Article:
Above, a city thriving with life. Beneath, a city filled with the dead.
London. A vast, labyrinthine, ever-moving place that shimmers as the jewel of Britain. But what about beneath it? What of it's history? It's mishaps? It's dead?
Catharine Arnold invites us on a gloriously macabre tour - across London's many graveyards, cemeteries and burial plots in a quest to discover whether what has departed can teach us anything about what is to come. It's an intriguing, occasionally dark, occasionally humorous journey that reaches right back to the Romans and concludes with the most recent display of mass public mourning: Princess Diana's funeral.
Utilising archaeology, anthropology, anecdote and history, Arnold explores the presence of death in people's lives and the developments and changes in mourning and burial through two millennia. London's greatest disasters, including the Great Fire and the Black Plague, are explored and analysed for their massive impacts on both the population and the change in the disposal of the dead, while the unusual resting places of several thousand Londoners are highlighted and studied, as a means of examining growth and city development. Implicitly entwined with the passing of generations is the transformation of an entire population; where and how people live, where and how they die, and where their children move on to. Arnold marvellously celebrates the possibilities of living in a city as large as London and sensitively demonstrates how much modern citizens owe to their ancestors.
Filled with beautiful details, such as the reason we wear black to funerals (Romans believed the colour made mourners invisible to vengeful spirits), and in an optimistic and respectful voice, Arnold brings us a unique history of one of the world's greatest cities - built atop centuries of history and still rising to this day. If you've ever wondered where the sweet hereafter might be, then look no further - Arnold shows us beautifully how even in a city as massive as London, the dead never really leave us.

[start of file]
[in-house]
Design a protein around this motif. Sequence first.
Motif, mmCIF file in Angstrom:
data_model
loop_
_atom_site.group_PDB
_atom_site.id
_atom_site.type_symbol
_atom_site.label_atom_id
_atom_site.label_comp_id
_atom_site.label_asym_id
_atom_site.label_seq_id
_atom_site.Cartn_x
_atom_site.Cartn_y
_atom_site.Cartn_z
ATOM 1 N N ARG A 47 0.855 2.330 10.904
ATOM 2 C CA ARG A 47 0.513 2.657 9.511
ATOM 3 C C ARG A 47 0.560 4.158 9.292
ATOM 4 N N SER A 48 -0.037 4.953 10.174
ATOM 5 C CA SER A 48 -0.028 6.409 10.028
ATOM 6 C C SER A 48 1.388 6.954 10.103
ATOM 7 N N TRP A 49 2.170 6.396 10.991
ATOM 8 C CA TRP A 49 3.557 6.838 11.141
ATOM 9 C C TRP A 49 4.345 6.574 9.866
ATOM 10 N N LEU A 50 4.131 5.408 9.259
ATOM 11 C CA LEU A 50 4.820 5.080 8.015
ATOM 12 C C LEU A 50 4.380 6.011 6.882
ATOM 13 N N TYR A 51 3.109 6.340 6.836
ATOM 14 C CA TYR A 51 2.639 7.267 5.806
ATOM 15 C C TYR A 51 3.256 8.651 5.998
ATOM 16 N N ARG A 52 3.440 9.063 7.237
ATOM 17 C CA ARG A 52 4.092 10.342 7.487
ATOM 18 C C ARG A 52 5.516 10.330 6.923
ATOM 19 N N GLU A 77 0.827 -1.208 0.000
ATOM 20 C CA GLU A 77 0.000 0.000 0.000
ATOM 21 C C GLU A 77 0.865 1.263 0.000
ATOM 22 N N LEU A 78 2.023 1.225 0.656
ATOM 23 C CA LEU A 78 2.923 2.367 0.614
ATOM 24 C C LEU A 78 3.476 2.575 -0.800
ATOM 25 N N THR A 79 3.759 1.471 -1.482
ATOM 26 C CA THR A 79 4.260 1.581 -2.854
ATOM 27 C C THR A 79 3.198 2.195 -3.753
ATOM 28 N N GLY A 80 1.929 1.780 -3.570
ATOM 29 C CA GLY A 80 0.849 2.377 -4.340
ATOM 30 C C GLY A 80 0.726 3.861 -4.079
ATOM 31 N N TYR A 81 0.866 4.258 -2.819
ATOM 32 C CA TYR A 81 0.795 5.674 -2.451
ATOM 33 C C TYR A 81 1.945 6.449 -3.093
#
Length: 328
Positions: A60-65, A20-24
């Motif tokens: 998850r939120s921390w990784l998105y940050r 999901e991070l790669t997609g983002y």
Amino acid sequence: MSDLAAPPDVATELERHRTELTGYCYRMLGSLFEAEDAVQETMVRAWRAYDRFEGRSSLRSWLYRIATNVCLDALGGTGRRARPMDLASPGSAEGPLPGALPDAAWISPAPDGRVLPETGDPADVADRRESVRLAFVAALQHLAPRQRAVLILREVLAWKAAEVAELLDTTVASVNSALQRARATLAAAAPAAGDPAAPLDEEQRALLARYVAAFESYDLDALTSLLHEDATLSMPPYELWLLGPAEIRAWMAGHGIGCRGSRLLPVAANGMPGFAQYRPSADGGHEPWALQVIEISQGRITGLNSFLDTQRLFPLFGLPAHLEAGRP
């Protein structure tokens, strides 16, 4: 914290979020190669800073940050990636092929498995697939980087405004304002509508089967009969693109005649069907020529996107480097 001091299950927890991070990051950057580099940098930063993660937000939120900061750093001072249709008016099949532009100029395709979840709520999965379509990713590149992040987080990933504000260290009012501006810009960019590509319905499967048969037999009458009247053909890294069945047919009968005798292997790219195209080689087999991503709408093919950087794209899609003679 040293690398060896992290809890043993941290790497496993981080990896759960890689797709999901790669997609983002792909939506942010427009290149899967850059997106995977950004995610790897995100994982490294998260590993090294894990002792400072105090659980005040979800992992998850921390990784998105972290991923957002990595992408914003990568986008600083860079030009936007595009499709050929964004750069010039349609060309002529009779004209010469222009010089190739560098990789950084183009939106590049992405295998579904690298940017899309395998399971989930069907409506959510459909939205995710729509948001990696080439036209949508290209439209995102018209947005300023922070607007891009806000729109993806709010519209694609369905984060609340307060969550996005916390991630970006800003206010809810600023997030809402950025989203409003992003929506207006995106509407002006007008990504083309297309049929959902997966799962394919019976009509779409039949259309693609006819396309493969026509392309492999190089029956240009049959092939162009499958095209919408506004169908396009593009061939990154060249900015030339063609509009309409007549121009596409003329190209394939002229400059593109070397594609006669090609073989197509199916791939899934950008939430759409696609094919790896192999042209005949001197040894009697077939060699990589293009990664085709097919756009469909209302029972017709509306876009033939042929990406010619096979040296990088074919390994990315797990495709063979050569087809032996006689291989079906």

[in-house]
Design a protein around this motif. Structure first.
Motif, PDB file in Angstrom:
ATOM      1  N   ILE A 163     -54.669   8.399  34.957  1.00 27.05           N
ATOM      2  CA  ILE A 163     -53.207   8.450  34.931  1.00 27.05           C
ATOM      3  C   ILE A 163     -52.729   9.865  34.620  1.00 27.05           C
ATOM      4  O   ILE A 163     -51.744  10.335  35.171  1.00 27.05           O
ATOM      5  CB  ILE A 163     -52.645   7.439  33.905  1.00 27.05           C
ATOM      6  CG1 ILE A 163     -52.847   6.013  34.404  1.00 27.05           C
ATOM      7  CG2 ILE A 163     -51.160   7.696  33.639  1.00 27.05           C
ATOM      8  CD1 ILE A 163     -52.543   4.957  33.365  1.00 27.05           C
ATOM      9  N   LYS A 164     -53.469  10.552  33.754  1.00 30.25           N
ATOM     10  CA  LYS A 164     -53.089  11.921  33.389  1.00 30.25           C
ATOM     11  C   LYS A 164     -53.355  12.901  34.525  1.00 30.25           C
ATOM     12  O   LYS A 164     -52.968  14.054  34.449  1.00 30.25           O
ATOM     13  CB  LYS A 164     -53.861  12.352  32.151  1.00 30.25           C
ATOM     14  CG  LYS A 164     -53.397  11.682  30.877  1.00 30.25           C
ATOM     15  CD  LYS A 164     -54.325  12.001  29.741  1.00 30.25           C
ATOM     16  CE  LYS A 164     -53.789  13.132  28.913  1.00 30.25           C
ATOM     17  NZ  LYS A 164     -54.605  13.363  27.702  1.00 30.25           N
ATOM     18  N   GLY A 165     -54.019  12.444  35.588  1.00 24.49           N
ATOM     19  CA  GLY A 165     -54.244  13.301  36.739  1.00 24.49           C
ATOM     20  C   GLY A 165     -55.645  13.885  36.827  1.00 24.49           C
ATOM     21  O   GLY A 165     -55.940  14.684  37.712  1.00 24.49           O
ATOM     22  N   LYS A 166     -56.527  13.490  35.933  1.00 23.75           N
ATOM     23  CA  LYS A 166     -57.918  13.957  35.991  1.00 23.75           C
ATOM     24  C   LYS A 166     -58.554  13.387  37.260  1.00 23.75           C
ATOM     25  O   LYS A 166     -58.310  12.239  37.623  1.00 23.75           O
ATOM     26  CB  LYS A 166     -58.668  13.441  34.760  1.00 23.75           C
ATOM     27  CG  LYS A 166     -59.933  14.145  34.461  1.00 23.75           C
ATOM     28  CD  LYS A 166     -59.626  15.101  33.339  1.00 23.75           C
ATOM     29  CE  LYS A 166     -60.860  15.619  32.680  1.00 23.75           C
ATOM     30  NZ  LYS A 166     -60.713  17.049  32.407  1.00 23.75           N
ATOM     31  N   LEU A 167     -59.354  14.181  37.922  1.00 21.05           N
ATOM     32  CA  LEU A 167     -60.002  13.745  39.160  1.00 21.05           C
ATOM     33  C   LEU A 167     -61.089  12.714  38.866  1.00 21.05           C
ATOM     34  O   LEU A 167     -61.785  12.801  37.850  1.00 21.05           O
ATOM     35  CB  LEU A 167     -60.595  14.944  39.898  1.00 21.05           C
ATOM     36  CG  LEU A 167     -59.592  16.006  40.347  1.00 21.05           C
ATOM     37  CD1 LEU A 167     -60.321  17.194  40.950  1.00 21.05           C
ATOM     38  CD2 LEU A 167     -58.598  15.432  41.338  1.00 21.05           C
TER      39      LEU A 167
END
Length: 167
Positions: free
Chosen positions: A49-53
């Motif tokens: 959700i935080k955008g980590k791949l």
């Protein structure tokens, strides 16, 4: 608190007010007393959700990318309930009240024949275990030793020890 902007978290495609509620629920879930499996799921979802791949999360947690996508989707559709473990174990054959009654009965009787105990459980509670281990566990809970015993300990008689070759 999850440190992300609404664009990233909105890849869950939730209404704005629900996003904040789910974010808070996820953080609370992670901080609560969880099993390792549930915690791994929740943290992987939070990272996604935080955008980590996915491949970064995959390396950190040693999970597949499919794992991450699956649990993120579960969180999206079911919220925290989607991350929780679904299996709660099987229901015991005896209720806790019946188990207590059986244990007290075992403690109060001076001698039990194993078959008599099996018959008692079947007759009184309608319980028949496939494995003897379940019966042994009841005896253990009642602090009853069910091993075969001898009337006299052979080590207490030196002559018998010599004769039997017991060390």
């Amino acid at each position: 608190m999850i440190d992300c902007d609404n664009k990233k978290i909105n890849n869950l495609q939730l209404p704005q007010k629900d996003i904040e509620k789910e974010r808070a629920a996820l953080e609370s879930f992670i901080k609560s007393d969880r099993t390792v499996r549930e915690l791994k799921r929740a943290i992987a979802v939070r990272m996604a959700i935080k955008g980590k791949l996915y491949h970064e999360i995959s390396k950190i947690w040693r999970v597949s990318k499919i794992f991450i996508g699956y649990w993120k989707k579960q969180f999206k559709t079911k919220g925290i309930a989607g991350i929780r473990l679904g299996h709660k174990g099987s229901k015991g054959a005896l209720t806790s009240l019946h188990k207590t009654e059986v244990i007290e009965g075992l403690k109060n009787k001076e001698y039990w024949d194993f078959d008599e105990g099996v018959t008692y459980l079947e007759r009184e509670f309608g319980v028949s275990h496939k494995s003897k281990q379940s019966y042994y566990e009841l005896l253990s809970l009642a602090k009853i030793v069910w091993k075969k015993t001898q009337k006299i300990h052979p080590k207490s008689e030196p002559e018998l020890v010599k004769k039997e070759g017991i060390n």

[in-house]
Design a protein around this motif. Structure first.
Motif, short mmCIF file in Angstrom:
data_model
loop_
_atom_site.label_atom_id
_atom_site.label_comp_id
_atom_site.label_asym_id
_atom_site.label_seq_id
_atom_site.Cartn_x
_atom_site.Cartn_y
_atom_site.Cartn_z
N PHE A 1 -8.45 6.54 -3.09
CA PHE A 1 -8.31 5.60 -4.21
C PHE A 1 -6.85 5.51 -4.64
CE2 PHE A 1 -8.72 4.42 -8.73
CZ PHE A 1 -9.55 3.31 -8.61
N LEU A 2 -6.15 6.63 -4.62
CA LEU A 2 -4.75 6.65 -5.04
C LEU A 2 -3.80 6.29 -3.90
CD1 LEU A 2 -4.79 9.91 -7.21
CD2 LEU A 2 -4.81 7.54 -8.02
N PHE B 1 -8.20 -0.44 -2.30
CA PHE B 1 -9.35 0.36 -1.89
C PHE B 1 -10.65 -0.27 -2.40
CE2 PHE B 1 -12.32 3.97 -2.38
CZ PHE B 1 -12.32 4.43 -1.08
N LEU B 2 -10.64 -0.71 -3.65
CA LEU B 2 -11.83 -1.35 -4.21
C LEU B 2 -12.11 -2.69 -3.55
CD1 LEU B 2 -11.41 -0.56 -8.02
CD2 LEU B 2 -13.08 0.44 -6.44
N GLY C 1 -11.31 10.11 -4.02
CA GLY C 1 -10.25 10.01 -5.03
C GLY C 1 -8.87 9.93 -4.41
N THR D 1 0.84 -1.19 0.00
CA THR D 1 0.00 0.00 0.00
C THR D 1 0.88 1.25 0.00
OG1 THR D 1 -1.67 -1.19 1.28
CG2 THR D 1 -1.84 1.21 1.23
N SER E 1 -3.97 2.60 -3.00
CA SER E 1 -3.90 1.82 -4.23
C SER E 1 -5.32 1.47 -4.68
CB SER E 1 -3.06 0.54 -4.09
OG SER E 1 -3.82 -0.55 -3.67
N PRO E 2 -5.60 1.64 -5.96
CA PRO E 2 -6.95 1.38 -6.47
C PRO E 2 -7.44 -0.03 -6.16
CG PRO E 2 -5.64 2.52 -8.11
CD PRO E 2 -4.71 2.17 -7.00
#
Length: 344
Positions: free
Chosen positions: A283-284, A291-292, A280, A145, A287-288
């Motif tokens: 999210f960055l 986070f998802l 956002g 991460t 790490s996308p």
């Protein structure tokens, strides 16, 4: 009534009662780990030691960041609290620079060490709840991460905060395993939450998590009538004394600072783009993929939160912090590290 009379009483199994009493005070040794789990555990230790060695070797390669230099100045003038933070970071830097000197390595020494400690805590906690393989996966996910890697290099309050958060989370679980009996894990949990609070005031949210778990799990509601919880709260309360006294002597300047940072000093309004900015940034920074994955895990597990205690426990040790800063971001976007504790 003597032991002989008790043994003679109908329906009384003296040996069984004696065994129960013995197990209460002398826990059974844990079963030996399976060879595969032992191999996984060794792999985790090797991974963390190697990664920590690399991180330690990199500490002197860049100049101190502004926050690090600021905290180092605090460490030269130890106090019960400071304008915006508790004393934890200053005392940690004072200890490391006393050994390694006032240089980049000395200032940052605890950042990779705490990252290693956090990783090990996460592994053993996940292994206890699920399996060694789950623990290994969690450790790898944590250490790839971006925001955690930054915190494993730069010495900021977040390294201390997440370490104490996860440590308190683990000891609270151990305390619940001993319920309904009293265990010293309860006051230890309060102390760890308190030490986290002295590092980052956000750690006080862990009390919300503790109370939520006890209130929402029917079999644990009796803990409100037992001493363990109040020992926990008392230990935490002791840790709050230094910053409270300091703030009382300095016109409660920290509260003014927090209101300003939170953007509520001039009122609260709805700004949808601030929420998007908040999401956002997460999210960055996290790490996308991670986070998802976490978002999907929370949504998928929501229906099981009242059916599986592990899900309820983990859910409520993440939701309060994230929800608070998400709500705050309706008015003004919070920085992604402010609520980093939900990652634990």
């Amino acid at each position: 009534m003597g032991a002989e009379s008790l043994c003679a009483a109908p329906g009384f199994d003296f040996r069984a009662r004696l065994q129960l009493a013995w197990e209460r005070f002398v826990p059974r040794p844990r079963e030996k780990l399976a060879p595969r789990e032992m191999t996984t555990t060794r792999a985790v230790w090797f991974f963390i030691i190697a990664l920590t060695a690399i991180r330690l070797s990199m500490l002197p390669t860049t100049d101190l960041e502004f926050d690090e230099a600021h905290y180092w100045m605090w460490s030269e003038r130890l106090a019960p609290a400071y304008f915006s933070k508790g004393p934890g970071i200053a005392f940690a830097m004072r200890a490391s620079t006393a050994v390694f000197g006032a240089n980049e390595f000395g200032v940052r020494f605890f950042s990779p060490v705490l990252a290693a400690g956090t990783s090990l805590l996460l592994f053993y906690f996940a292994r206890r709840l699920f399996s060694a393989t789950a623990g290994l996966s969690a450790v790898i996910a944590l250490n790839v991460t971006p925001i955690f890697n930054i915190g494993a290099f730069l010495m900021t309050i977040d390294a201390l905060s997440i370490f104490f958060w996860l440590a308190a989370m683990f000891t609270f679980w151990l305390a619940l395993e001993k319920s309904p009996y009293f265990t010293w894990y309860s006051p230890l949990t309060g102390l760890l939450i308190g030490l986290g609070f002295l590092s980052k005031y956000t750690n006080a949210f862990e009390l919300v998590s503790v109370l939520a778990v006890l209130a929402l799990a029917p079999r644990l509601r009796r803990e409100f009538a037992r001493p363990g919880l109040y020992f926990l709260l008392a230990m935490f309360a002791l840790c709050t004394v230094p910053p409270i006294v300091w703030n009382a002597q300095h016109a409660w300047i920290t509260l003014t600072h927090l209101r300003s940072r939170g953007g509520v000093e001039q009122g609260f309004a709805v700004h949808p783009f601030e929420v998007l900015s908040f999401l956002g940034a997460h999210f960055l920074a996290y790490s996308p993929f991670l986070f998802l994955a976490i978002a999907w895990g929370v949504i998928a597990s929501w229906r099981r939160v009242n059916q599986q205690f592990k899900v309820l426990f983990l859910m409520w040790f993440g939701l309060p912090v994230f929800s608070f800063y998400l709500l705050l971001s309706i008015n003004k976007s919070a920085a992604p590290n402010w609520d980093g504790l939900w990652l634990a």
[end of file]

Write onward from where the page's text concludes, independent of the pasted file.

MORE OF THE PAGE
"It may not be the cheeriest of topics, but Arnold writes exquisitely, with a respectful and assured style that makes descriptions of 16th-century plague pits seem vital and relevant, and never dismisses the personal tragedies behind the numbers of dead. And it is strangely comforting, in this city of immigrants and new arrivals, to think of the generations, of so many ancestors lying beneath our train stations, churches and concert halls a we go about our business." -- Guardian
Catharine Arnold read English at Cambridge and holds a further degree in psychology. A journalist, academic and popular historian, Catharine's previous books include the novel "Lost Time", winner of a Betty Trask award. Her London trilogy for Simon & Schuster comprises of "Necropolis: London and Its Dead", "Bedlam, London and Its Mad" and (to be published August 2010) "City of Sin, London and Its Vices".